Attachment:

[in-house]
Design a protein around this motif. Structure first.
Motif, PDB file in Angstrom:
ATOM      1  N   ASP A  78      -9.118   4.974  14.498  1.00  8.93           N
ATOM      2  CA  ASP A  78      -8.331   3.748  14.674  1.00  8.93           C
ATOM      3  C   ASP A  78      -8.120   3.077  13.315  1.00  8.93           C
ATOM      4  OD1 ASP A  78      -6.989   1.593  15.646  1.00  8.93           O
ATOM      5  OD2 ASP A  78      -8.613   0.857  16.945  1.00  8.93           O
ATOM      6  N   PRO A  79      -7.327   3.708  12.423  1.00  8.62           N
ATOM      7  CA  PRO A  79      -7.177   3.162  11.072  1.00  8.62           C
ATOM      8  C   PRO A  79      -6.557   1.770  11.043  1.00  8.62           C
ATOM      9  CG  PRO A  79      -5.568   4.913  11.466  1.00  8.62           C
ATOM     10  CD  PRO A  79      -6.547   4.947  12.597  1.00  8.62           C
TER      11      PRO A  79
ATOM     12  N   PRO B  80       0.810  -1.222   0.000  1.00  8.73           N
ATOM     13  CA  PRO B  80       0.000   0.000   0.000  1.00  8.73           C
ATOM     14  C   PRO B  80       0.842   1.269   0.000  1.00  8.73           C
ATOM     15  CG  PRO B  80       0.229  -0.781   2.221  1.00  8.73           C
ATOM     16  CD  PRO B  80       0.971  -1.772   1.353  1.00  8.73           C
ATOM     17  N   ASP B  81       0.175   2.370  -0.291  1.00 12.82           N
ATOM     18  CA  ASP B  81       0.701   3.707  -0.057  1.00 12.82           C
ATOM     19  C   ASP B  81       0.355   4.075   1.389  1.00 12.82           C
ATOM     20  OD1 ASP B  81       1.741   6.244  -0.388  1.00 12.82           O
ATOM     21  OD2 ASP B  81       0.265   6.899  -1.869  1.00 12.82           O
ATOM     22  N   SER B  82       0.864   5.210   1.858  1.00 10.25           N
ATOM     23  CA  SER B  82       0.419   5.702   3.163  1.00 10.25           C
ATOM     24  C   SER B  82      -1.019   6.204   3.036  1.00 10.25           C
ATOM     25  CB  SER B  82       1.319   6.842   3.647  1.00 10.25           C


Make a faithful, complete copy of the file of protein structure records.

[in-house]
Design a protein around this motif. Structure first.
Motif, PDB file in Angstrom:
ATOM      1  N   ASP A  78      -9.118   4.974  14.498  1.00  8.93           N
ATOM      2  CA  ASP A  78      -8.331   3.748  14.674  1.00  8.93           C
ATOM      3  C   ASP A  78      -8.120   3.077  13.315  1.00  8.93           C
ATOM      4  OD1 ASP A  78      -6.989   1.593  15.646  1.00  8.93           O
ATOM      5  OD2 ASP A  78      -8.613   0.857  16.945  1.00  8.93           O
ATOM      6  N   PRO A  79      -7.327   3.708  12.423  1.00  8.62           N
ATOM      7  CA  PRO A  79      -7.177   3.162  11.072  1.00  8.62           C
ATOM      8  C   PRO A  79      -6.557   1.770  11.043  1.00  8.62           C
ATOM      9  CG  PRO A  79      -5.568   4.913  11.466  1.00  8.62           C
ATOM     10  CD  PRO A  79      -6.547   4.947  12.597  1.00  8.62           C
TER      11      PRO A  79
ATOM     12  N   PRO B  80       0.810  -1.222   0.000  1.00  8.73           N
ATOM     13  CA  PRO B  80       0.000   0.000   0.000  1.00  8.73           C
ATOM     14  C   PRO B  80       0.842   1.269   0.000  1.00  8.73           C
ATOM     15  CG  PRO B  80       0.229  -0.781   2.221  1.00  8.73           C
ATOM     16  CD  PRO B  80       0.971  -1.772   1.353  1.00  8.73           C
ATOM     17  N   ASP B  81       0.175   2.370  -0.291  1.00 12.82           N
ATOM     18  CA  ASP B  81       0.701   3.707  -0.057  1.00 12.82           C
ATOM     19  C   ASP B  81       0.355   4.075   1.389  1.00 12.82           C
ATOM     20  OD1 ASP B  81       1.741   6.244  -0.388  1.00 12.82           O
ATOM     21  OD2 ASP B  81       0.265   6.899  -1.869  1.00 12.82           O
ATOM     22  N   SER B  82       0.864   5.210   1.858  1.00 10.25           N
ATOM     23  CA  SER B  82       0.419   5.702   3.163  1.00 10.25           C
ATOM     24  C   SER B  82      -1.019   6.204   3.036  1.00 10.25           C
ATOM     25  CB  SER B  82       1.319   6.842   3.647  1.00 10.25           C